Re: [websec] Comments on draft-ietf-websec-key-pinning

"Ryan Sleevi" <ryan-ietfhasmat@sleevi.com> Fri, 20 February 2015 03:42 UTC

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Date: Thu, 19 Feb 2015 19:42:17 -0800
From: "Ryan Sleevi" <ryan-ietfhasmat@sleevi.com>
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Subject: Re: [websec] Comments on draft-ietf-websec-key-pinning
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On Thu, February 19, 2015 11:38 am, Jeffrey Walton wrote:
>  I don't believe this proposal - in its current form - will prove
>  effective in the canonical cases: (1) CA failure like Diginotar; and
>  (2) MitM attacks like Superfish. Are there other obvious cases I
>  missed that this control will be effective?
>
>  Jeff

You're factually wrong in cases like (1), and woefully misguided in cases
like (2) if you believe _any_ software, on a general purpose operating
system with 1-layer security principals (such as Windows and OS X), can
defend against a program with same-or-higher privileges.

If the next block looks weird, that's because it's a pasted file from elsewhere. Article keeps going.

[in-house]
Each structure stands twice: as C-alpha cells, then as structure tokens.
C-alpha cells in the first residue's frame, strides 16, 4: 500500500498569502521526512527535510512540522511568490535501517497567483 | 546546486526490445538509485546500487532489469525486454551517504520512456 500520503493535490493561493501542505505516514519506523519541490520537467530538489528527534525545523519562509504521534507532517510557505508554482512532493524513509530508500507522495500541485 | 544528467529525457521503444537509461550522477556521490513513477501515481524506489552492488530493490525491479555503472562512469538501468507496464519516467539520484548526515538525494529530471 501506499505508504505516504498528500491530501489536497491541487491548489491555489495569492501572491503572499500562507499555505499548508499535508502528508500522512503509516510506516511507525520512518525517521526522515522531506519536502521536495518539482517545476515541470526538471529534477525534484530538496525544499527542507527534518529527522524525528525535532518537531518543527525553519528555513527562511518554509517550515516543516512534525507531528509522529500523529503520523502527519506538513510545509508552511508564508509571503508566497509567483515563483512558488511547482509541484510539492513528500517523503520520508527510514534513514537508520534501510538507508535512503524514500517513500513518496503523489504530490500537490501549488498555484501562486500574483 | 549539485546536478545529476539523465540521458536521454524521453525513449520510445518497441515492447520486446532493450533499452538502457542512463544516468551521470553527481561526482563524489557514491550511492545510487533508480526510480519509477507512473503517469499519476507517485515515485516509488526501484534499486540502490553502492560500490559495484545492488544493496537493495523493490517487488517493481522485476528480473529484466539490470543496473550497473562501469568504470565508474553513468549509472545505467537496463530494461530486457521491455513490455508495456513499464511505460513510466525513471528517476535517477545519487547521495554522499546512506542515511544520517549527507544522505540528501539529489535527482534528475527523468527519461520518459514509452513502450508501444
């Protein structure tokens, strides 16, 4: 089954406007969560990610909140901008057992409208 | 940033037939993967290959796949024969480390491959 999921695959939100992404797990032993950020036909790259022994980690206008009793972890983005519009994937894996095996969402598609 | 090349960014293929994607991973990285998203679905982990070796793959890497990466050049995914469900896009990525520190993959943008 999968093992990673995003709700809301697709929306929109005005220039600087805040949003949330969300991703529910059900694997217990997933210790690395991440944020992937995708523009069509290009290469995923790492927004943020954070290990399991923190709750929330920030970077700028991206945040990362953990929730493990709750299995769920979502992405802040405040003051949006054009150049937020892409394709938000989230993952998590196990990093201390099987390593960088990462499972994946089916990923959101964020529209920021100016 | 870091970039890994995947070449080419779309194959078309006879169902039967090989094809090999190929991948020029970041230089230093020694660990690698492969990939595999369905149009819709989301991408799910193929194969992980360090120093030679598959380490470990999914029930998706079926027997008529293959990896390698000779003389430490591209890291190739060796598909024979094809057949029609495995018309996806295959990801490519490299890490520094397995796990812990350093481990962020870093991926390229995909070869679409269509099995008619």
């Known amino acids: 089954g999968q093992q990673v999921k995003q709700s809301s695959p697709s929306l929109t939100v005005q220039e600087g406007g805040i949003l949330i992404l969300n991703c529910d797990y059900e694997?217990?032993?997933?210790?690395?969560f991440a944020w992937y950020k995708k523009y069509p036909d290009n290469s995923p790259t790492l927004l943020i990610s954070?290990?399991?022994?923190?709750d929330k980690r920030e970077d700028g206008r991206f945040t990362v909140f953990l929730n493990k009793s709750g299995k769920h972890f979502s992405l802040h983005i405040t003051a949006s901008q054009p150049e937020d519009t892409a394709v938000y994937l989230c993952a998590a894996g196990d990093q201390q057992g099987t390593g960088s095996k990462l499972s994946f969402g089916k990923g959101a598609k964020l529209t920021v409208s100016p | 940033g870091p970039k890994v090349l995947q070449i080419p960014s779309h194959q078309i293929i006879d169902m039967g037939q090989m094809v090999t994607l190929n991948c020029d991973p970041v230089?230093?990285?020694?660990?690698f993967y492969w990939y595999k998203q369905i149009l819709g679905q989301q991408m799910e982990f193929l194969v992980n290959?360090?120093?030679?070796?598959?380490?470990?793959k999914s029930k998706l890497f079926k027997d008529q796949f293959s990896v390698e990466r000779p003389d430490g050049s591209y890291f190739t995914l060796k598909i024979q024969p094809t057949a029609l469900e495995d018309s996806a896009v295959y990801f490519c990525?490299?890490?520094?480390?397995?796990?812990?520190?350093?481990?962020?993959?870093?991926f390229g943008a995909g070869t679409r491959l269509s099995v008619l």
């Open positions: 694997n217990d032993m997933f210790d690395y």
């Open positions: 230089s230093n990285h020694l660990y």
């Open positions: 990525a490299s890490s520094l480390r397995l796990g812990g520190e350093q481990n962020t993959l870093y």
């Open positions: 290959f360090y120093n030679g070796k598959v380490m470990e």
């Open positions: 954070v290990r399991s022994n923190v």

That's like complaining a program with root access can interfere with your
usermode application. Well, yes, that's exactly correct, that's how it's
supposed to work.

If you can conceive a model where a super-user process would not be able
to circumvent, then congrats, you've solved one of the most vexatious
problems in computer security, and I know a dozen of anti-virus and
anti-malware companies that will let you name your price if only you share
your solution with them.

Consider the following ways that an application like Superfish could have
dealt with this (courtesy of a colleague far brighter than I)
- PTRACE_POKETEXT a code modification at runtime
- LD_PRELOAD a shim that intercepts strcmp and returns false for
"Strict-Transport-Security"
- Patch GTK+ (or equiv) so that the lock icon always appears on the omnibox
- Rebuild a version of the browser with the code to disable such pinning
commented out.

There is no sane world in which anything in the HPKP spec can or should
deal with this. It's doubly true and hopefully self-evident that "raising
the bar" is not at all an acceptable, or even reasonable, justification.
Malicious actors have every reason to escalate to more nefarious means
(whether for profit or interception), while legitimate actors get shut out
or, equally, burrow further into internals and cause worse experiences for
everyone.

I understand that you disagree. But you're also wrong if you think HPKP
can or should have dealt with this.

Best regards,
Ryan